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The British had endowed the sensitive errand of explaining the ‘India’ circumstance to her last Viceroy, Lord Louis Mountbatten. An enchanting and viable mediator, Mountbatten had the option to persuade Nehru and Jinnah into an understanding. They had just concluded that the territories of Punjab and Bengal be part of two to frame West and East Pakistan, and the august states had been offered a decision of either joining the domain of India or Pakistan.

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The commission was told to separate the limits of the two pieces of Punjab based on finding out the adjacent lion’s share regions of Muslims and non-Muslims. In doing as such, it likewise considered indistinct components that gave Radcliffe some space yet included choices concerning “common limits, correspondences, streams, and water system frameworks,” just as socio-political contemplations. Given the gridlock between the interests of the different sides and their malicious relationship, the ultimate choice was Radcliffe’s.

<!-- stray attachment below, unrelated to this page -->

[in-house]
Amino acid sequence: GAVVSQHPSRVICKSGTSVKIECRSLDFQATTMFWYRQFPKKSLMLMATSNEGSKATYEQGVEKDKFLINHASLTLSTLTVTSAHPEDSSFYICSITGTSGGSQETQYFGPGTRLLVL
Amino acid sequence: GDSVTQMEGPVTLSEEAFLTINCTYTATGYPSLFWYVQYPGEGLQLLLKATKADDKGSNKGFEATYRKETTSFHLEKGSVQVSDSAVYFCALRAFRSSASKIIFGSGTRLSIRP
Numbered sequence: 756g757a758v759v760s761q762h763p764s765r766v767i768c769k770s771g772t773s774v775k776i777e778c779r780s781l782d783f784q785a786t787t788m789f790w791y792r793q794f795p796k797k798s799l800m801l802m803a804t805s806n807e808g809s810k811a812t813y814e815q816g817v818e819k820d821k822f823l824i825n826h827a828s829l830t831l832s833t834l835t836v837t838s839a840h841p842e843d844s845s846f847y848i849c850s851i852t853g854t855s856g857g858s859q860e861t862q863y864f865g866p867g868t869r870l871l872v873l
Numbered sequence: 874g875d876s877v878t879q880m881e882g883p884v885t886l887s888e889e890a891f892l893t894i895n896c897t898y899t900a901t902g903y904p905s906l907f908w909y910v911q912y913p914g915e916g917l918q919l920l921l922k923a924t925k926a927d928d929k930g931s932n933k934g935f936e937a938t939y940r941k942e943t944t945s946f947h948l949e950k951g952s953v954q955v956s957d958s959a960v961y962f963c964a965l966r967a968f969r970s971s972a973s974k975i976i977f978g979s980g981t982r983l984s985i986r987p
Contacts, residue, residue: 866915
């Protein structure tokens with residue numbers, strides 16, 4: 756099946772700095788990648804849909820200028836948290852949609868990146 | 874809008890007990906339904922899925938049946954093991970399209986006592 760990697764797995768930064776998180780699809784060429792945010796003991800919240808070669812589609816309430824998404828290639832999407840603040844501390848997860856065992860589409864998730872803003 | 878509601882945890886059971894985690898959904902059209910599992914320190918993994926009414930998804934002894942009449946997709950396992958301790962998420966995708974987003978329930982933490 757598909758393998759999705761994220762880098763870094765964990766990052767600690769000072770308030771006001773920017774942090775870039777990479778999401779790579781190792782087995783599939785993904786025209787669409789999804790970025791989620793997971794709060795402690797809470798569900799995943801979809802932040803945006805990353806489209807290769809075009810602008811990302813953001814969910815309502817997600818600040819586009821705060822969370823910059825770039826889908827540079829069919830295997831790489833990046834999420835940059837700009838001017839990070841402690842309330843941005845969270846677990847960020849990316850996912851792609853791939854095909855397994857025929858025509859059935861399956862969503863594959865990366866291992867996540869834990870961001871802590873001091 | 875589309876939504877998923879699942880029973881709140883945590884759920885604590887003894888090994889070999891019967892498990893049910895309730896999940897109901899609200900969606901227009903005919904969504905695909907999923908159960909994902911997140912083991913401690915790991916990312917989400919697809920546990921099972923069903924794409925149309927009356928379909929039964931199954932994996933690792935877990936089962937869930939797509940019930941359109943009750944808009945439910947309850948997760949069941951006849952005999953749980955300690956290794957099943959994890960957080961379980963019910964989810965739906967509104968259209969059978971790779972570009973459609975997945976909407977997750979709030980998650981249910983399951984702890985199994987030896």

Picture Credits: Somen

Radcliffe’s report was presented, the Partition map introduced in August 1947, and royal India was divided into free India and Pakistan along the ‘Radcliffe Line,’ a division of 175,000 sq miles (450,000 km) of the region occupied by a populace of 88 million individuals. In this way started the most considerable mass movement in humanity’s history. While Radcliffe’s commission was fundamentally keen on separating the outskirt based on strict demography, different contemplations, for example, main streets and water system designs, were likewise now and then considered, for the most part, in a way that profited India.

Picture Credits: The New Indian Express.

No one was happy about the limit that came to be known as the Radcliffe Line. Pakistan was quite often given the worst part of the deal, with a few Muslim majority share regions on the outskirt being provided to India for vital purposes. Lahore was almost given to India but had to be given away to Pakistan despite being densely populated with Hindus and Sikhs. Radcliffe made this decision at the end moment to make sure that Pakistan has a major city to their name. In the end, there was no simple method to segment India. Any line would have been, to some degree, discretionary and caused challenges for the individuals living in Bengal and Punjab. The flurry of the parcel — Radcliffe had minimal over a month to draw the limit — has regularly been scrutinized. Yet, the border did a genuinely great job of outlining the outskirts based on strict demography.